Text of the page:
136 The History of Wake Forest
to date. When completed, the Worrell Professional Center was 170,000 square feet.
The Worrells had also donated a house in London (1976), an endowed chair in
Anglo-American Studies (1982), and the Robert Goldberg Award in Trial Advo-
cacy, an annual cash prize given in memory of a student at the School of Law who
was killed in World War II. Groundbreaking for the Worrell Center took place on
September 11, 1990.
In a brief memo to President Hearn on April 15, 1991, Dean Robert Walsh noted
that 44 percent of the School of Law’s alumni made donations to the school during
the 1989–1990 academic year. Wake Forest tied for third place with Harvard and Yale
in the Association of American Law Schools’ national ranking of alumni contribu-
tions for the year.
The College Fund raised $520,687 over the twenty-one nights from October 21
to November 20, 1990. The newly announced Divinity School raised over $1 million.
Also, the Mary Reynolds Babcock Foundation donated $1 million to the University
to reinforce and expand the teaching of ethics, leadership, and civic responsibility,
and the United Way Reynolda campus campaign raised more than $100,000 for the
first time.
In their January 31 to February 1 meeting, the trustees raised tuition 11.3 ­percent
to $10,800 for 1991–1992 from the 1990–1991 figure of $9,700, and housing fees
increased 5 percent.
Doyle Early (’65, JD ’67) of High Point was re-elected President of the Alumni
Council.
Summing Up the Year
The 1990–1991 academic year was a time of dedication, transition, celebration,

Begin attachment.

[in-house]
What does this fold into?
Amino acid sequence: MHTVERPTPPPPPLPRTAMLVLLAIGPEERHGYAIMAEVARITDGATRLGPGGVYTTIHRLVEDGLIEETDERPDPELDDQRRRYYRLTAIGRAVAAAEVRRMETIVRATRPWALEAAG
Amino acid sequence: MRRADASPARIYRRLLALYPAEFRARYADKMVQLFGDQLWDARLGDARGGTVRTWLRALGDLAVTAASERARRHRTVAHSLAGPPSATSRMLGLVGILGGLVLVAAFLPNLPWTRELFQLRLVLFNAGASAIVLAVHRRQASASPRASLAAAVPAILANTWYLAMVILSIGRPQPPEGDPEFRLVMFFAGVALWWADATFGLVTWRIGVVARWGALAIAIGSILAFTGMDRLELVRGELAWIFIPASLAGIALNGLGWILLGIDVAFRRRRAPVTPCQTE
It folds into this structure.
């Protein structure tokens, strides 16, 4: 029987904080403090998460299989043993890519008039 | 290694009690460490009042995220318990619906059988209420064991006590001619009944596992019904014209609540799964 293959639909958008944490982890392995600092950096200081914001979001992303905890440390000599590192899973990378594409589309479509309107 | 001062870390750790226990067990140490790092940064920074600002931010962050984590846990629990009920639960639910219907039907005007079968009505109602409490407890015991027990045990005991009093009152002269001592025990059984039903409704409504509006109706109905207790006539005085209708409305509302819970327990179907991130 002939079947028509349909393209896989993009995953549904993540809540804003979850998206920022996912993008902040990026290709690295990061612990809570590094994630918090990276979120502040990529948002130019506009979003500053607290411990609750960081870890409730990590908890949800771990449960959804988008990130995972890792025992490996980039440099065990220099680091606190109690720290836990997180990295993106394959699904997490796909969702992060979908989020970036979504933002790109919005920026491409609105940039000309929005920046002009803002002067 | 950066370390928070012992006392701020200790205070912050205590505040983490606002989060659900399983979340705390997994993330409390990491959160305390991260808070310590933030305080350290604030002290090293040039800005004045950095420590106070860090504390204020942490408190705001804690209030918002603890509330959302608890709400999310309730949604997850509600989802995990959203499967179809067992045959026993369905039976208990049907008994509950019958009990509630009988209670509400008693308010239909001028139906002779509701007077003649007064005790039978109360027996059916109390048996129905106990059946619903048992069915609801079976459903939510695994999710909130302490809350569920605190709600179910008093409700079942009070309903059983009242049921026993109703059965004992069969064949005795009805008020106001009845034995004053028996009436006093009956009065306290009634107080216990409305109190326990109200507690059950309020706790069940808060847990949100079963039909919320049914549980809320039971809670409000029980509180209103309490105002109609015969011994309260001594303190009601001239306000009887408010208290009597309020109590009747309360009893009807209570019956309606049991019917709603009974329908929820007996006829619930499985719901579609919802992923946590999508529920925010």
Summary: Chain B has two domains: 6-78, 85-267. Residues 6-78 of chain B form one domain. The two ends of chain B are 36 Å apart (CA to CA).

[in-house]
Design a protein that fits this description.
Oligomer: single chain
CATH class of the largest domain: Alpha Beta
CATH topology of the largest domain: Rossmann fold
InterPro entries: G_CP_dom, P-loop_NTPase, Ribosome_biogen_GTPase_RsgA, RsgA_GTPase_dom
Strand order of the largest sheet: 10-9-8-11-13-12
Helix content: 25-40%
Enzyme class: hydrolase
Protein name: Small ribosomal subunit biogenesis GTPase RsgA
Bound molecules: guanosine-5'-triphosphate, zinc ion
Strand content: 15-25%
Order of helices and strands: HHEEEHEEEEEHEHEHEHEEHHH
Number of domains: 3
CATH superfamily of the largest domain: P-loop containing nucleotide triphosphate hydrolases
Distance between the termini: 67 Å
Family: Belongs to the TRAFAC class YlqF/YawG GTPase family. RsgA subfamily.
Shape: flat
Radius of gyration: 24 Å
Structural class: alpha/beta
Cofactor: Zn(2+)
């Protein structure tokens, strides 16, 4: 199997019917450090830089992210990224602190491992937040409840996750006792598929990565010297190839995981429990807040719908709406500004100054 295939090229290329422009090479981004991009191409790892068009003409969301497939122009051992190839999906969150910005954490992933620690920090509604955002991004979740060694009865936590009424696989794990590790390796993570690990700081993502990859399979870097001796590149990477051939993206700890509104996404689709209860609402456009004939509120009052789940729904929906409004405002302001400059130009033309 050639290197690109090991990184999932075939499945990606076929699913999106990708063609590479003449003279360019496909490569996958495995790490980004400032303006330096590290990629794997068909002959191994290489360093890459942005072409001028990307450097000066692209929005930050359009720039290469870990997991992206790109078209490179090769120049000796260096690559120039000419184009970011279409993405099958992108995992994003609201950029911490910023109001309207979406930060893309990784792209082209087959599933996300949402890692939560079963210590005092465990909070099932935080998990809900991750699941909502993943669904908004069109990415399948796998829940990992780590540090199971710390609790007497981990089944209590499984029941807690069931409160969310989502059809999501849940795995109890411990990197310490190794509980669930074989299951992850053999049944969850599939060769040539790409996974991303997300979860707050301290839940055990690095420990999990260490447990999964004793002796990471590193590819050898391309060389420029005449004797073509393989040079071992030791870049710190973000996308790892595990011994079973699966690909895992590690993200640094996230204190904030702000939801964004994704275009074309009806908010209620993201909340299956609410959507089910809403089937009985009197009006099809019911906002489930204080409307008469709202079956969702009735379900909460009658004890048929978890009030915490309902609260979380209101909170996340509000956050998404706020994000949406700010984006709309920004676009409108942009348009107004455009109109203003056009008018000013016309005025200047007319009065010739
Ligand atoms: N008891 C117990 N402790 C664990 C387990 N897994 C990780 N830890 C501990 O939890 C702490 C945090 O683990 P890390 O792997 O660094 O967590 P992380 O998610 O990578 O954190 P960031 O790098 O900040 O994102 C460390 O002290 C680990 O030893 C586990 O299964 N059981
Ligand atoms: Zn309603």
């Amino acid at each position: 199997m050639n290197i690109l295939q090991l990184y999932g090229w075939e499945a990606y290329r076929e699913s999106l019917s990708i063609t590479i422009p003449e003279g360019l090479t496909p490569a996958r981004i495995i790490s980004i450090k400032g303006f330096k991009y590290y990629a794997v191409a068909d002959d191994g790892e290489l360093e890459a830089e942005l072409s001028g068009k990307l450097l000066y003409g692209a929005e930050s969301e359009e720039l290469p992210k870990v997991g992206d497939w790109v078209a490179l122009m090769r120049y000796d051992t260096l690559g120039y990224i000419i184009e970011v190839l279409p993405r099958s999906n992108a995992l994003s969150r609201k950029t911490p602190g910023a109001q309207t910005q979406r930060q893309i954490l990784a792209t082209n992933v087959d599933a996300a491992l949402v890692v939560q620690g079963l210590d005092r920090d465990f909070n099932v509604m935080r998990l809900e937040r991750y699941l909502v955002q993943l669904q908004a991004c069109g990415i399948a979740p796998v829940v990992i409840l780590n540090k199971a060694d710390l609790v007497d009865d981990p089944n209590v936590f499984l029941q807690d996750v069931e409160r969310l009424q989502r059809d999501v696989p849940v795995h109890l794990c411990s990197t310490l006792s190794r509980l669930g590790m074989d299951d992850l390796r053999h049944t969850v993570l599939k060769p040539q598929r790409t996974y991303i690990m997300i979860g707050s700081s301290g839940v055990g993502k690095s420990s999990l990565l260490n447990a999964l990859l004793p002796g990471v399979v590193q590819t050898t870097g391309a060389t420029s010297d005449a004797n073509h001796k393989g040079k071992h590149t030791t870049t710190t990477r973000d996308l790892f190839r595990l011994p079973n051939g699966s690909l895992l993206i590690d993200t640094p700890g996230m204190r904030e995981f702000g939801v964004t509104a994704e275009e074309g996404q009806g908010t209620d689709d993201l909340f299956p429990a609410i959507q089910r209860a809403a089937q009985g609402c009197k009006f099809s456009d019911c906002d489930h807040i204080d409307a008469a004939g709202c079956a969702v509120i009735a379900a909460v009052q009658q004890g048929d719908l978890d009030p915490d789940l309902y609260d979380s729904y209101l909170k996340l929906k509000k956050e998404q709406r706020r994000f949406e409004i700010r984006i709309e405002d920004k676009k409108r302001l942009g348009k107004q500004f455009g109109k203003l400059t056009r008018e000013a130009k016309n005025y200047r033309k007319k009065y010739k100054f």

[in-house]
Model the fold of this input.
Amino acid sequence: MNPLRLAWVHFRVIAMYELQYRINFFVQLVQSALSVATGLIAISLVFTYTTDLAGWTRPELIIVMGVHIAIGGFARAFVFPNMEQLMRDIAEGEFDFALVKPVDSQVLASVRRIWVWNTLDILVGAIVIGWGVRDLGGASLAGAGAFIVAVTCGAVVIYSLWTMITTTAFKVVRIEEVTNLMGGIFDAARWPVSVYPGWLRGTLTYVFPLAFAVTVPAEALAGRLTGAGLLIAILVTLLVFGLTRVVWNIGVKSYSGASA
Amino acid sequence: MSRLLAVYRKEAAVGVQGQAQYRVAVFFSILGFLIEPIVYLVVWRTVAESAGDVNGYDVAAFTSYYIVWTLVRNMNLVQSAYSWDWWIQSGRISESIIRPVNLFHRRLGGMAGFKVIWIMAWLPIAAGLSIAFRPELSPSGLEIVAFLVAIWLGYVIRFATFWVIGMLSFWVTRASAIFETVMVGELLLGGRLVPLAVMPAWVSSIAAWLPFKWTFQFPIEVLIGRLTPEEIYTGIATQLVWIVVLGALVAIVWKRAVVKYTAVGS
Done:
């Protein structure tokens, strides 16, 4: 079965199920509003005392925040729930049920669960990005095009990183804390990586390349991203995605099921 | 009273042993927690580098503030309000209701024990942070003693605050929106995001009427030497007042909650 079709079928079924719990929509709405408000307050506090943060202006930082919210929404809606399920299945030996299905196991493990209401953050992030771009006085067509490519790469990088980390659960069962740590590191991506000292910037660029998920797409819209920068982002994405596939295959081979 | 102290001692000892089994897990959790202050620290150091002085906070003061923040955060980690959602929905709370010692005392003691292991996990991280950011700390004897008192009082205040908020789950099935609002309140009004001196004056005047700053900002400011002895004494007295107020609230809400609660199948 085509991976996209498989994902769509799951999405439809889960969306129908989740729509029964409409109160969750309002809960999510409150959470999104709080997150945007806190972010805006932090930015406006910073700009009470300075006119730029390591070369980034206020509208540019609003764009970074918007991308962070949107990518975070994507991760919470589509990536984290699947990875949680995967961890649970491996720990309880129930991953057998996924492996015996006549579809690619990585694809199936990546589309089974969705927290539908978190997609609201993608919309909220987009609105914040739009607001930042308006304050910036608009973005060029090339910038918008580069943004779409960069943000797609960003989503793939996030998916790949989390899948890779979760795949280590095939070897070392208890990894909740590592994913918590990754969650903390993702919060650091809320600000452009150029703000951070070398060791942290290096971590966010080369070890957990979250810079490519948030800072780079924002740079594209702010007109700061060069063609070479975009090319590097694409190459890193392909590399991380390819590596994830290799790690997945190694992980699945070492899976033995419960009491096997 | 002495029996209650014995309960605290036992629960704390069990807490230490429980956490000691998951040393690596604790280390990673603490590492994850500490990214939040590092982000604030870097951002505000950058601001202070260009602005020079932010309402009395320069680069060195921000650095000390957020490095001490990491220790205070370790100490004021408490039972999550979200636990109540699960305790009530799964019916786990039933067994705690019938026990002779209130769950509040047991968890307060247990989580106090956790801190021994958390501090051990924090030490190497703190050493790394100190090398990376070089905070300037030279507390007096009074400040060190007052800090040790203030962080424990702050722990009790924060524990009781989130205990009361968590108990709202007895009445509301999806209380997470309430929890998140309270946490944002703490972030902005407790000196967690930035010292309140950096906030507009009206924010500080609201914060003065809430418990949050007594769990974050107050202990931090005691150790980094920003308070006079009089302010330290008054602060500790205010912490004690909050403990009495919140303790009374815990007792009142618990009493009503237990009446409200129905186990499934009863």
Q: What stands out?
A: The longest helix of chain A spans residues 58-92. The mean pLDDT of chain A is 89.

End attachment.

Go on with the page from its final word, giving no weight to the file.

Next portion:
examination, and innovation. Dedication was shown in the Heritage and Promise
Campaign, which officially kicked off on November 1 on the front patio of the
Benson University Center with free food from Pizza Hut and speeches by President
Hearn and scholarship students Bob Esther and Stephanie Spellers. Though mod-
est by many measures, the five-year campaign, which went national on April 4,
1991, was the first attempt to tap resources beyond tuition and the traditional con-
stituency systematically. Its goal was to enable the University to construct needed
buildings, to meet the financial needs of its students, to better reward and recruit
its faculty, and to deepen its endowment. Half of the $150 million goal had been
reached when the campaign was announced publicly, yet administrators, alumni,
and friends still had much to do to make the campaign a success.
The academic transition from the steady, reliable administrative skill of Ed Wil-
son to David G. Brown was major. Brown differed from Wilson in style and sub-
stance. It became evident early on that a period of adjustment would be needed for
University personnel and Brown to get to know each other.
Celebration was most tangible in the awarding of another Rhodes scholarship.
Wake Forest continued to be the leading institution of higher education in the South
in terms of producing Rhodes Scholars.
Examination extended from race relations to athletics. Robert Beck (Psychology)
and his committee studied the athletic department and made recommendations to
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